Literature and Law cancelled
It seems that the law as such should never give rise to any story. To he invested with its categorical authority, the law must be without history, genesis, or any possible derivation. That would be the law of the law…However, the inaccessible incites from its place of hiding. One cannot be concerned with the law, or with the law of laws, either at close range or at a distance, without asking where it has its place and whence it comes.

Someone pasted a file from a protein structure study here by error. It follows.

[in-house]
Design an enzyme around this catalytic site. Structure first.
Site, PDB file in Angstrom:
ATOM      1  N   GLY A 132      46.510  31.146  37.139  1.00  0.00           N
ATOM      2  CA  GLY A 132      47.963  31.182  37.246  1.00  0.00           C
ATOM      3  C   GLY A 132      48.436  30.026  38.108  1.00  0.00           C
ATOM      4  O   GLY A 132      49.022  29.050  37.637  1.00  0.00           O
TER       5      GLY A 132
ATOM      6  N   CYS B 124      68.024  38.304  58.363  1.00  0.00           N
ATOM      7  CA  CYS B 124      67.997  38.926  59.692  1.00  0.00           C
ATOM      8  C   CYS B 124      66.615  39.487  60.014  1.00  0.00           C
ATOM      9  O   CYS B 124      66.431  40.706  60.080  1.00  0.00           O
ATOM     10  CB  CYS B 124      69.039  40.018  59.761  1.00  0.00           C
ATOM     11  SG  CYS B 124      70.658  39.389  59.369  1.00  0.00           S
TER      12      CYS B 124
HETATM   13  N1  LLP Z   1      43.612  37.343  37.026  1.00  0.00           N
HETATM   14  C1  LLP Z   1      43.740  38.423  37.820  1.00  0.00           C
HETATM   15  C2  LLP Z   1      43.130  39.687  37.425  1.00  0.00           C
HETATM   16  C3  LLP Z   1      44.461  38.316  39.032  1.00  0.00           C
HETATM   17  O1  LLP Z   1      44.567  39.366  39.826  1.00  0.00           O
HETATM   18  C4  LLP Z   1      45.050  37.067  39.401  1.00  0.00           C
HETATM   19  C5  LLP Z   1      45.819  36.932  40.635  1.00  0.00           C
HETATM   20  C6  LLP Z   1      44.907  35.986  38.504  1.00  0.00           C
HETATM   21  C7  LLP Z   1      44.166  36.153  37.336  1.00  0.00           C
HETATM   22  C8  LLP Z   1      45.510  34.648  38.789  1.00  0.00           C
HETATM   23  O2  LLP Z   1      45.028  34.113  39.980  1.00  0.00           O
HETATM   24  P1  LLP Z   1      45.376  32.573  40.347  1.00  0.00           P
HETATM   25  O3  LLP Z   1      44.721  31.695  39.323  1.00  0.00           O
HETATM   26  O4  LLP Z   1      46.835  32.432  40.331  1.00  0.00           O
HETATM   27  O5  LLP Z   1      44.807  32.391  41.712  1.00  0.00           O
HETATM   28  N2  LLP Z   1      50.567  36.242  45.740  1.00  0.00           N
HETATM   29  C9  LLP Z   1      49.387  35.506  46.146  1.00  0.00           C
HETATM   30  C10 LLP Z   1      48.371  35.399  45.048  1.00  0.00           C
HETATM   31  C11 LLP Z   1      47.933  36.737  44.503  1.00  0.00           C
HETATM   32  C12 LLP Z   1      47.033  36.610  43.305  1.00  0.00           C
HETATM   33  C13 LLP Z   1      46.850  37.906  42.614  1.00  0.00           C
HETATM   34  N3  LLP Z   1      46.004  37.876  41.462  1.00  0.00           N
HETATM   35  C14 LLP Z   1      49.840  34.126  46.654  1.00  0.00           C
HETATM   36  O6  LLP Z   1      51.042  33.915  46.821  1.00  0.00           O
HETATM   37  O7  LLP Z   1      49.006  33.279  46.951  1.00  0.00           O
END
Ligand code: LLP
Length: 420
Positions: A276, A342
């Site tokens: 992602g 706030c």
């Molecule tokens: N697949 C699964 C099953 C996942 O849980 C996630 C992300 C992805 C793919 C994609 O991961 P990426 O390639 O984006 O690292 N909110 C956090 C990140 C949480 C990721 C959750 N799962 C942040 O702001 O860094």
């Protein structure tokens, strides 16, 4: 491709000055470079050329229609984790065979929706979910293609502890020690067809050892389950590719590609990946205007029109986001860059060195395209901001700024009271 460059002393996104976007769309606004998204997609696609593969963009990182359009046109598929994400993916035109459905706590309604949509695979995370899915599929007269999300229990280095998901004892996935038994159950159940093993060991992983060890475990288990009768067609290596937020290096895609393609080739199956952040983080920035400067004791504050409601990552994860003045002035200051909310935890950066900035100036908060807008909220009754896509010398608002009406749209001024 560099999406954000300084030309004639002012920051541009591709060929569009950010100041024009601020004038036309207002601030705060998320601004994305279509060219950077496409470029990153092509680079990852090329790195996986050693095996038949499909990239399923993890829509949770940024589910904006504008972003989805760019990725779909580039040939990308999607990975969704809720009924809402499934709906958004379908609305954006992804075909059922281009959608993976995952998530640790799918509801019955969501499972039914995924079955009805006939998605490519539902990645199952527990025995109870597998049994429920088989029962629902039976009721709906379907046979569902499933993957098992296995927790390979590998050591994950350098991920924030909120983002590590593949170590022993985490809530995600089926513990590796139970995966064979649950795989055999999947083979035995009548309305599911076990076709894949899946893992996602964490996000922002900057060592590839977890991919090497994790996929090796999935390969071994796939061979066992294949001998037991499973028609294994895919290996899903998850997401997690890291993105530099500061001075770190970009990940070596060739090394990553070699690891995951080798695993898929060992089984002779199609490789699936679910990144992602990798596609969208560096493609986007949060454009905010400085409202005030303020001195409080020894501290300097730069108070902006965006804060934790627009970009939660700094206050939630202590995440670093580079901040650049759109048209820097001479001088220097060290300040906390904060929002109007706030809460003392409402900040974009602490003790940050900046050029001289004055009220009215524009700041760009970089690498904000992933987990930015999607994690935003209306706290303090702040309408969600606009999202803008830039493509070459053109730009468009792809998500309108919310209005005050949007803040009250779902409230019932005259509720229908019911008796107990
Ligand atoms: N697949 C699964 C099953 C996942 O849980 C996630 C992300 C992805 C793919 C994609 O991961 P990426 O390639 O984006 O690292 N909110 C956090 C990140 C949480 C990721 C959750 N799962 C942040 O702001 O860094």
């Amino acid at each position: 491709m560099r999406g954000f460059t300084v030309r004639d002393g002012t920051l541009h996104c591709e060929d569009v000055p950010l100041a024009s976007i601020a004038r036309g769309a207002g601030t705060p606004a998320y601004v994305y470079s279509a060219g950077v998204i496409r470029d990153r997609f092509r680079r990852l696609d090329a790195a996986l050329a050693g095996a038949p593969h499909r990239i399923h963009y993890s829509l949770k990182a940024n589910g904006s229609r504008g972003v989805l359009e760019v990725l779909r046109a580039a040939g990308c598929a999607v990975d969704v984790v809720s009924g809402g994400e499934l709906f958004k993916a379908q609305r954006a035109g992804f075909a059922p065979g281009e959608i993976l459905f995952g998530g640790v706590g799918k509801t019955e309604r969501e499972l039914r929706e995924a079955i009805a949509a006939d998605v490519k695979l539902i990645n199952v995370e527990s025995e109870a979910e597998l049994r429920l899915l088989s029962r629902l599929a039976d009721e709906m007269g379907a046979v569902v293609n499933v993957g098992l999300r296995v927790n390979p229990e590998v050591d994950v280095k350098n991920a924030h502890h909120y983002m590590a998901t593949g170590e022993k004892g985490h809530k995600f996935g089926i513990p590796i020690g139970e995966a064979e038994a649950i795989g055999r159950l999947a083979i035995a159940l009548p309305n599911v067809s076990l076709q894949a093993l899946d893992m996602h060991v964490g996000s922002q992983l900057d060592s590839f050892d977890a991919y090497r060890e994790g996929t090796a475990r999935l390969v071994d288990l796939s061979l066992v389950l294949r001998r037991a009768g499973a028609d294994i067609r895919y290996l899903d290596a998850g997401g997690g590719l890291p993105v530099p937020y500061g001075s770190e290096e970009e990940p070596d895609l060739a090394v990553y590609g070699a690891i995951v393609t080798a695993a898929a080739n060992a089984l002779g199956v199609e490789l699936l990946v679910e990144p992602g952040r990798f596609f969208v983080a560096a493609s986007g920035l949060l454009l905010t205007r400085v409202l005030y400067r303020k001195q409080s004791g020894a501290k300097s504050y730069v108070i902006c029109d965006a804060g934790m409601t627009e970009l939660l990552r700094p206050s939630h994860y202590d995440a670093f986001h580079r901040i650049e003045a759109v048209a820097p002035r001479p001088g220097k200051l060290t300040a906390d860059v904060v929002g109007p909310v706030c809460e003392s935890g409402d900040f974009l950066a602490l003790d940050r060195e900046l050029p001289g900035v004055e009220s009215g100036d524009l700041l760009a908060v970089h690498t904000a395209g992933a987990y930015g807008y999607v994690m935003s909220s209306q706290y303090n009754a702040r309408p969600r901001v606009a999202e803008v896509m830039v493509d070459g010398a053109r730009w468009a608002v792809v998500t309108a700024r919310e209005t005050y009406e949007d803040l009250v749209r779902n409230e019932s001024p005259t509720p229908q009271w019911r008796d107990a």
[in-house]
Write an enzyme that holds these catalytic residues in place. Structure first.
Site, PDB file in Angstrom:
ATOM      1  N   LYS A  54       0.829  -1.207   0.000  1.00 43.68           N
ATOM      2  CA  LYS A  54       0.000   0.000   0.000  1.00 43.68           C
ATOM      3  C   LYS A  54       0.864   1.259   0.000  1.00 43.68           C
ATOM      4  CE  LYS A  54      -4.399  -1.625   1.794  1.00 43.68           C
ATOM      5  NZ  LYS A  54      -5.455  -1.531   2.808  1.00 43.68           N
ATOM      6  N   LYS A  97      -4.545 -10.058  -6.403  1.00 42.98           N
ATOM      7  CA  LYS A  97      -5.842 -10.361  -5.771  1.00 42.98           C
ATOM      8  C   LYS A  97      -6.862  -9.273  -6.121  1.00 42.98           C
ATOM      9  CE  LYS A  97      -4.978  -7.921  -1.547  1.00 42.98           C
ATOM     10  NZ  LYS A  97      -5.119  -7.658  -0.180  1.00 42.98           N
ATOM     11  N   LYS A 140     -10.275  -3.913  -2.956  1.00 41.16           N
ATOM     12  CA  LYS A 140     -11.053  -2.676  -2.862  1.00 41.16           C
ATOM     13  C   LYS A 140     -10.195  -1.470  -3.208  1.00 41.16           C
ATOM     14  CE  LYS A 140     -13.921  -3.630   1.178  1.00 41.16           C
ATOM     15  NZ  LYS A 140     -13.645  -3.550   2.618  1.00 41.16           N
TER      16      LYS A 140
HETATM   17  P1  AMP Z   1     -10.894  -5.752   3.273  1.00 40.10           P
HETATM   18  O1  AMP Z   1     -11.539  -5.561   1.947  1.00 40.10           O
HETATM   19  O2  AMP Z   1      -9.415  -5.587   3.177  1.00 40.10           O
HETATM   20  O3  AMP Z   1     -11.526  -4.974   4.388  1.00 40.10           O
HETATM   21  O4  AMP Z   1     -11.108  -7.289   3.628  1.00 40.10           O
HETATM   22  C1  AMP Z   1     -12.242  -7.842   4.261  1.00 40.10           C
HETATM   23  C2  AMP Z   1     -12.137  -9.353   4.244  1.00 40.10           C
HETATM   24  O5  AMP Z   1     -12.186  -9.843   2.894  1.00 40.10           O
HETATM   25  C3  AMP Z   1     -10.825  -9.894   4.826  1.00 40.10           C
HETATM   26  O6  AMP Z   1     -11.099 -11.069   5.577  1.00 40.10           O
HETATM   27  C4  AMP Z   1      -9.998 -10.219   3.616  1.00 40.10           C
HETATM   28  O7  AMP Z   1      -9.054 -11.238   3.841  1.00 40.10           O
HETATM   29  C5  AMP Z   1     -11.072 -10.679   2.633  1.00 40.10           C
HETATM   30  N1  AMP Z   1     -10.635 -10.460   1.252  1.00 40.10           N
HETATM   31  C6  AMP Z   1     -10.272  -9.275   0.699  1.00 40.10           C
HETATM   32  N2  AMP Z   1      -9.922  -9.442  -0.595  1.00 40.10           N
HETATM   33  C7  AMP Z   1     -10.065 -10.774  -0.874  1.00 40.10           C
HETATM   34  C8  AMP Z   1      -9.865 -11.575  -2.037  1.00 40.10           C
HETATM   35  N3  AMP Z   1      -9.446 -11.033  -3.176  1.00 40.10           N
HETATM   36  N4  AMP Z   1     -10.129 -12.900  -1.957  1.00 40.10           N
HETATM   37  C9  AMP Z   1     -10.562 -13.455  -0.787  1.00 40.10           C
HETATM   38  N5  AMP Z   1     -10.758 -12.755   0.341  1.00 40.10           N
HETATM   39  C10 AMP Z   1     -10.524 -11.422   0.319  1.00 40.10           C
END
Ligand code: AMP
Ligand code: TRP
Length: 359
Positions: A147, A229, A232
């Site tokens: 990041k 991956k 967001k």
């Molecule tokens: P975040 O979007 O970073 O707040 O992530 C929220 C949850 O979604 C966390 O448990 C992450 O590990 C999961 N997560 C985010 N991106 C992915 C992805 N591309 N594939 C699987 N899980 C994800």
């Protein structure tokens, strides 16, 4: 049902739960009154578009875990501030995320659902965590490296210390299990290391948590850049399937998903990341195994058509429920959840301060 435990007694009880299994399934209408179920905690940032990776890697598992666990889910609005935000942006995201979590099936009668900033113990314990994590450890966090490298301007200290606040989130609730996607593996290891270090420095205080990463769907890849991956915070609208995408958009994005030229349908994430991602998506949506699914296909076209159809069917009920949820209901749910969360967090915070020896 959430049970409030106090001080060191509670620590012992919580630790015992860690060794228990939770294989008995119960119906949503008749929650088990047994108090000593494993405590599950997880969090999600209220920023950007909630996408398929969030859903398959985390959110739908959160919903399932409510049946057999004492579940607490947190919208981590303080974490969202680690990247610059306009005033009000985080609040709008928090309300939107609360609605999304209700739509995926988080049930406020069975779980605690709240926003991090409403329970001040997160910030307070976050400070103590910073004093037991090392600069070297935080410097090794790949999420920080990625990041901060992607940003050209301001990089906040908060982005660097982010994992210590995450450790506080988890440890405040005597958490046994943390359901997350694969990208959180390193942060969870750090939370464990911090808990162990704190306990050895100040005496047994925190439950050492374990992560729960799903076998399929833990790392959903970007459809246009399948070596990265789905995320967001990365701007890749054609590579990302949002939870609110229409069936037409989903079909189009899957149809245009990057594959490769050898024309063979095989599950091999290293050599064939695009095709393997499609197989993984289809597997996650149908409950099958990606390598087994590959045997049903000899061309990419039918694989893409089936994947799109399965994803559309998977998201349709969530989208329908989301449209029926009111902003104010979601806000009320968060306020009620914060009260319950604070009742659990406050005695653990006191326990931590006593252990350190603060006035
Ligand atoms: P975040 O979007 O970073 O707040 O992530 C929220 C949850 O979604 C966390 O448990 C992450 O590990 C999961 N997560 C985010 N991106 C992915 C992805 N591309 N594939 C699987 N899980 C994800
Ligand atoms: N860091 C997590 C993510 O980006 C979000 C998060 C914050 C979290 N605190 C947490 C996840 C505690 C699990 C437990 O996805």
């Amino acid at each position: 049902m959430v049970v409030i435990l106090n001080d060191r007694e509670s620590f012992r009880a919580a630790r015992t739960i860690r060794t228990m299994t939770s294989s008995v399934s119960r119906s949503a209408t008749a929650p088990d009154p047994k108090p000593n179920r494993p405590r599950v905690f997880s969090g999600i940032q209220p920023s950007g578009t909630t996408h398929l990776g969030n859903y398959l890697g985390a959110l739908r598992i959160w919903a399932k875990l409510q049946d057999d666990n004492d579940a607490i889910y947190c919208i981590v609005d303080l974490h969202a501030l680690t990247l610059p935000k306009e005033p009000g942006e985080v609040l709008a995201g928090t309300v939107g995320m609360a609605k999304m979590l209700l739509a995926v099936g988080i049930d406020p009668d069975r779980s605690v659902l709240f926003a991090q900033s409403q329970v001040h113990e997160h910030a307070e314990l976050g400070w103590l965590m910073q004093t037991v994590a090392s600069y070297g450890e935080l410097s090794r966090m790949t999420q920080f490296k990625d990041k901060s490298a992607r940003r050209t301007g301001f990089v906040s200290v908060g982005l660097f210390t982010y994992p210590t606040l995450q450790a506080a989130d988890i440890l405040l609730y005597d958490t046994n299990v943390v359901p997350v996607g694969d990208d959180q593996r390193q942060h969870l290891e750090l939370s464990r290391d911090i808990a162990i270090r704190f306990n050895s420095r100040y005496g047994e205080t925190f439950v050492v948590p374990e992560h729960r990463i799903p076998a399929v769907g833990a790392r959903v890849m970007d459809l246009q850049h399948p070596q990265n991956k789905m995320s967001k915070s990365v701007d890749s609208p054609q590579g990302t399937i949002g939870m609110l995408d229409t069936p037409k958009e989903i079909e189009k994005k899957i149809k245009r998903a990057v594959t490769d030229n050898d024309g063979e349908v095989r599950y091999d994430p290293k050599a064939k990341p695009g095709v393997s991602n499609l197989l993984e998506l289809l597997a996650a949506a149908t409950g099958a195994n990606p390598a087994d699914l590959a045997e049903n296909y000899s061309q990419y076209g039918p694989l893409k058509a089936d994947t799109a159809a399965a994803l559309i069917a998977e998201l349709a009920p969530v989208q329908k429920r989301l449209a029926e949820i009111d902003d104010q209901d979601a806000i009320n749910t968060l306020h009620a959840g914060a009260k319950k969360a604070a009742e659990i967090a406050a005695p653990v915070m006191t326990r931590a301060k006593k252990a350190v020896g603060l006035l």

—Jacques Derrida, “Before the Law”
Literature and law exist in a mutually constitutive relationship, a condition of entanglement. In this course, we will look not only to the law as a perpetual preoccupation of literature but also to the ways in which the law itself exists as a literary construction. Herein, our primary goal will be to investigate the processes by which power relations come to be (un)made at the intersection of literature and law. Authors we will read may include William Shakespeare, David Walker, Herman Melville, Lucy Parsons, Franz Kafka, Susan Glaspell, and B. Traven.